High school artists from around the state will have a chance to experience the life of a professional artist when their work is featured and judged in the Shafer Art Gallery's "Vortex High School Art Exhibit."
HOISINGTON - A cross-curricular study aimed at teaching history, English, speech, character qualities, technology and collaborative work, Hoisington High School juniors each studied a Medal of Honor recipient, stirring feelings of patriotism and admiration for American heroes.
At its March 17 meeting, the Great Bend City Council gave the owners of the old, crumbling opera house at 2103 Forest until April 21 to hire a contractor to fix the historic structure or raze it.
Plans for holding Earth Day 2014 switched to high gear following Mayor Mike Allison's proclamation encouraging residents from Great Bend and nearby communities to celebrate Earth Day 2014 on Sunday at Great Bend's Brit Spaugh Zoo. This event is from noon to 4 p.m. and free to all. Food will be sold during the afternoon.
TOPEKA – Law enforcement officers across the state will be collecting unused medications for safe disposal on Saturday, Kansas Attorney General Derek Schmidt said Monday.
The last time ambulance fees for Great Bend Emergency Medical Services were adjusted was in 2009. Much has happened since then and Fire Chief Mike Napolitano told the City Council Monday night a change was in order.
Great Bend Firefighters were able to save a mobile home Monday morning after a buildup of lint ignited behind a dryer. The call to 5540 Second St. Unit F was reported at 8:35 a.m. and firefighters arrived to find light smoke throughout the house.
Editor's note: These photos update the following story, which was originally posted on April 17.
Before he goes on trial for first degree murder, Jeffrey Wade Chapman wants a professional tattoo artist to remove or cover a prominent "Murder" tattoo on his neck.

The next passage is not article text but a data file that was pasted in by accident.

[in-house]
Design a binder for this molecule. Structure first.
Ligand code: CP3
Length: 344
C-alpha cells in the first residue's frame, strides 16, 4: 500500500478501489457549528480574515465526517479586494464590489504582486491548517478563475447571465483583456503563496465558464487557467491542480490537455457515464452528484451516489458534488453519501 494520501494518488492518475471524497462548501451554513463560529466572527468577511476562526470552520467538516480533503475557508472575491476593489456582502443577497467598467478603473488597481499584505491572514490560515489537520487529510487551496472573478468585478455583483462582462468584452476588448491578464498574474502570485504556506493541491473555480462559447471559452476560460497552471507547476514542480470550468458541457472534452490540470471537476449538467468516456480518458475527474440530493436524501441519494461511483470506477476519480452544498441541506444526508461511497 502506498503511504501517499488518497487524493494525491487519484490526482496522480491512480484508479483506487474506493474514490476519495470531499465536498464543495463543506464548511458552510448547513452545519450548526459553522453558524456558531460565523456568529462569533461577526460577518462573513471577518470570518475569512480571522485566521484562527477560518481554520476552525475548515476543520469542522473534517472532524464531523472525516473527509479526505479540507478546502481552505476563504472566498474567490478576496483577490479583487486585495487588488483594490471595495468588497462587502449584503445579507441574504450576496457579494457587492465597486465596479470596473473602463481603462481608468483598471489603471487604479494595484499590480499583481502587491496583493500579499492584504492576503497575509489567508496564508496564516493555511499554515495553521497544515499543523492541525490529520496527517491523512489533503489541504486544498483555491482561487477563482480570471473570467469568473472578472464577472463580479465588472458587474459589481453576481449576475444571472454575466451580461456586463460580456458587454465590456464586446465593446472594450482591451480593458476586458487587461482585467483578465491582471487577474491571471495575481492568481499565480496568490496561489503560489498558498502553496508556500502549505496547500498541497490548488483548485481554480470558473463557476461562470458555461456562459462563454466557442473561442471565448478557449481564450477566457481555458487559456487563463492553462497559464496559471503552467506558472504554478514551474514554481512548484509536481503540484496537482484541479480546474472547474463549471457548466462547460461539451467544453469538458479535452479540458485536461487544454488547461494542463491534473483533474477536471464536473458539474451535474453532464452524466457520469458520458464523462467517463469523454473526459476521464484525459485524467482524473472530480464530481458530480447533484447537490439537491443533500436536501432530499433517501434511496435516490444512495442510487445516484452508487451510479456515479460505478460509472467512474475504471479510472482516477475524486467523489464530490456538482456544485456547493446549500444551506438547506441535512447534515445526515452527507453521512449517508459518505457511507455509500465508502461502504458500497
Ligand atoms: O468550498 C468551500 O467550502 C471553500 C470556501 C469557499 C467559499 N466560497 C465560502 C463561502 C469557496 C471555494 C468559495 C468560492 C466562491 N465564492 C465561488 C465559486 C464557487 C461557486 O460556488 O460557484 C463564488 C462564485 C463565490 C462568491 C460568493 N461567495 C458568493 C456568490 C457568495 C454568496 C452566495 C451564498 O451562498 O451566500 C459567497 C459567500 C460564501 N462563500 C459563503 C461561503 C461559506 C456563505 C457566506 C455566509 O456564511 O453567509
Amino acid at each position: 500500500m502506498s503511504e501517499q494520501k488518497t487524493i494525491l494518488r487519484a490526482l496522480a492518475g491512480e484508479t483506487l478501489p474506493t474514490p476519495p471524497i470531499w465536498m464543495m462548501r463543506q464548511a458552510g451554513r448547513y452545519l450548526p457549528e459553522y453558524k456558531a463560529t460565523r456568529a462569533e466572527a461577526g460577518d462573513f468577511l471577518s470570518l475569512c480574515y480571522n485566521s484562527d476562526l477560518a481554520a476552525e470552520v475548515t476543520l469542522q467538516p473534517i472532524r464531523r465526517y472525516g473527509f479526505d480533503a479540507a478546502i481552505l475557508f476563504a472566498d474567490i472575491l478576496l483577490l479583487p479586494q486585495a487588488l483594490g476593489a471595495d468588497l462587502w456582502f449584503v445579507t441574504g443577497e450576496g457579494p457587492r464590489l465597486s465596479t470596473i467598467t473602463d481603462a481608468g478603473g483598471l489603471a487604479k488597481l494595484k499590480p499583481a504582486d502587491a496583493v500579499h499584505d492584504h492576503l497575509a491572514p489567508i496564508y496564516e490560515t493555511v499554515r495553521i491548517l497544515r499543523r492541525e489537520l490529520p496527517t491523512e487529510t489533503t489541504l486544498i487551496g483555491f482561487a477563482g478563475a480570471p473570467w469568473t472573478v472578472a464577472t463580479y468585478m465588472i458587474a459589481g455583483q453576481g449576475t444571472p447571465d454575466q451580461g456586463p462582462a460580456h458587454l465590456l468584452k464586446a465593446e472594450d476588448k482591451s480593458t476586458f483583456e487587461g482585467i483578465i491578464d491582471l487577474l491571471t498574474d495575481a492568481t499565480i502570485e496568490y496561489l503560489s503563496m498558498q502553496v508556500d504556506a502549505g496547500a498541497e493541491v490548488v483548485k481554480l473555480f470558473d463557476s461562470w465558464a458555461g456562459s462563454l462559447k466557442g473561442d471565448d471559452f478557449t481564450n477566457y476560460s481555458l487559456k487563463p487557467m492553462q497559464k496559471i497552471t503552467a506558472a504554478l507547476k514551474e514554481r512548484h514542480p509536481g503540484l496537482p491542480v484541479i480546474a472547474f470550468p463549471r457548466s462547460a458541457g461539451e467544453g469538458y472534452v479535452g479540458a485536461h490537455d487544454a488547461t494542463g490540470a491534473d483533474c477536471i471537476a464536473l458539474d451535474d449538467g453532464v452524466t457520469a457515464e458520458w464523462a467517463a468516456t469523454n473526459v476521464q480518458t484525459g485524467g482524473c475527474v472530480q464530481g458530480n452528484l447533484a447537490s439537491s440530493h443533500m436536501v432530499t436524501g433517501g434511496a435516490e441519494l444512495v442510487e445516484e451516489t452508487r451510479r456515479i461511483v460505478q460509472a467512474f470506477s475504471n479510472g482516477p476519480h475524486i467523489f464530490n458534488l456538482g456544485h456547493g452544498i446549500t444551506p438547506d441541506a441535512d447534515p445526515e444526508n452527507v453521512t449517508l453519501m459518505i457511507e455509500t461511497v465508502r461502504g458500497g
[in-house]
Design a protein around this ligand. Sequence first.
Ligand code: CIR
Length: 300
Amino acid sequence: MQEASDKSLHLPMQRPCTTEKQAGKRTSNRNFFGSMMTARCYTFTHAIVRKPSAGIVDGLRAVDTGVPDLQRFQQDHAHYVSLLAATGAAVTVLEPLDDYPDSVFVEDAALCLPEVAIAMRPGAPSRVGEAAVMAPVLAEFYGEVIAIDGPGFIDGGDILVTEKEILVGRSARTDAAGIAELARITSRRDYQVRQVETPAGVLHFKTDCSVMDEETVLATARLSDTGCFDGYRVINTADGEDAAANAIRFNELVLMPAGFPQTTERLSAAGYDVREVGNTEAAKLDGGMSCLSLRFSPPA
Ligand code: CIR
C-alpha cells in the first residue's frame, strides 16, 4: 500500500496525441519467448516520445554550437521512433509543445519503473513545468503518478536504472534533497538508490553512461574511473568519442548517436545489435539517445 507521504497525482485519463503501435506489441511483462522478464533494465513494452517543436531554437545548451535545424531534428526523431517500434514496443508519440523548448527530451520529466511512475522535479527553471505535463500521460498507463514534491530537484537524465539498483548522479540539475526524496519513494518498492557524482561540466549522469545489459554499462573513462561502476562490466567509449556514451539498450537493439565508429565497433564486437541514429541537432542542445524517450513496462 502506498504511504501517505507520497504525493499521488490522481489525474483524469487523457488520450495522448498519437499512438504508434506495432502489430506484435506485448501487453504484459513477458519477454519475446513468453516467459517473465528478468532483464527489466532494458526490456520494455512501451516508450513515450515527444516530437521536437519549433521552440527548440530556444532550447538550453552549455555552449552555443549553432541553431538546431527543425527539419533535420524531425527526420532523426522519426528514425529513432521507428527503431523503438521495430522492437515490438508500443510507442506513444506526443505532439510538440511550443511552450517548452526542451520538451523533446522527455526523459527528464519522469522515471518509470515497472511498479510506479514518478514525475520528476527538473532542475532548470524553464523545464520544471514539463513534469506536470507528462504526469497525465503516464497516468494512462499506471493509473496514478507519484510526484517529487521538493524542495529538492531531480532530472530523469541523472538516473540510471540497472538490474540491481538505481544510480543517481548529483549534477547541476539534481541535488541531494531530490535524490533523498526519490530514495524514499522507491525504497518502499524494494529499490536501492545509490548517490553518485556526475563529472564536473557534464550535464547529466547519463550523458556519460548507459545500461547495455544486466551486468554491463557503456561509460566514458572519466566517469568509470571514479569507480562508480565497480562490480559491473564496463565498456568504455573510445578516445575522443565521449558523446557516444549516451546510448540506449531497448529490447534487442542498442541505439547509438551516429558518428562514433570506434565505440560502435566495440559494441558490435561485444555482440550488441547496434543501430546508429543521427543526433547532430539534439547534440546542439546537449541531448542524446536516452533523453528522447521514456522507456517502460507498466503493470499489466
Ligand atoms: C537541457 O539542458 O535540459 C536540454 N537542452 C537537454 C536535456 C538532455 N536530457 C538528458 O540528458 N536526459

In an effort to help to continue to spur growth in Hoisington, the Barton County Commission Monday morning approved an interlocal agreement with that city.
Children at Tiffany's Day Care in the 900 block of Williams enjoy an early Easter visit from the Easter Bunny. The business is operated by Tiffany Nily.
It only took minutes for hundreds of area children to clean the Argonne Forest floor of thousands of pieces of colorful foil-wrapped chocolates Saturday morning. Great Bend's Kiwanis Club arrived early that morning to scatter boxes of candy around the area in Veterans Memorial Park where the club has planted several varieties of trees for public enjoyment and education.
Members of Great Bend's National Education Association still wait for answers from legislators they feel turned their back on them. The education finance bill took educators by surprise as it quickly made its way through the Senate and the House, to be passed on to Governor Brownback April 6. It includes legislation that takes away hard-fought protections against arbitrary termination. The bill, HB 2506, is now in the hands of Governor Sam Brownback, who indicated Monday during a visit to Emporia State University that he would sign it into law.
When Great Bend was first chartered, most people walked from point A to point B. It was the norm for home builders to install wide sidewalks and buffer strips between the walk and the road in most parts of the city.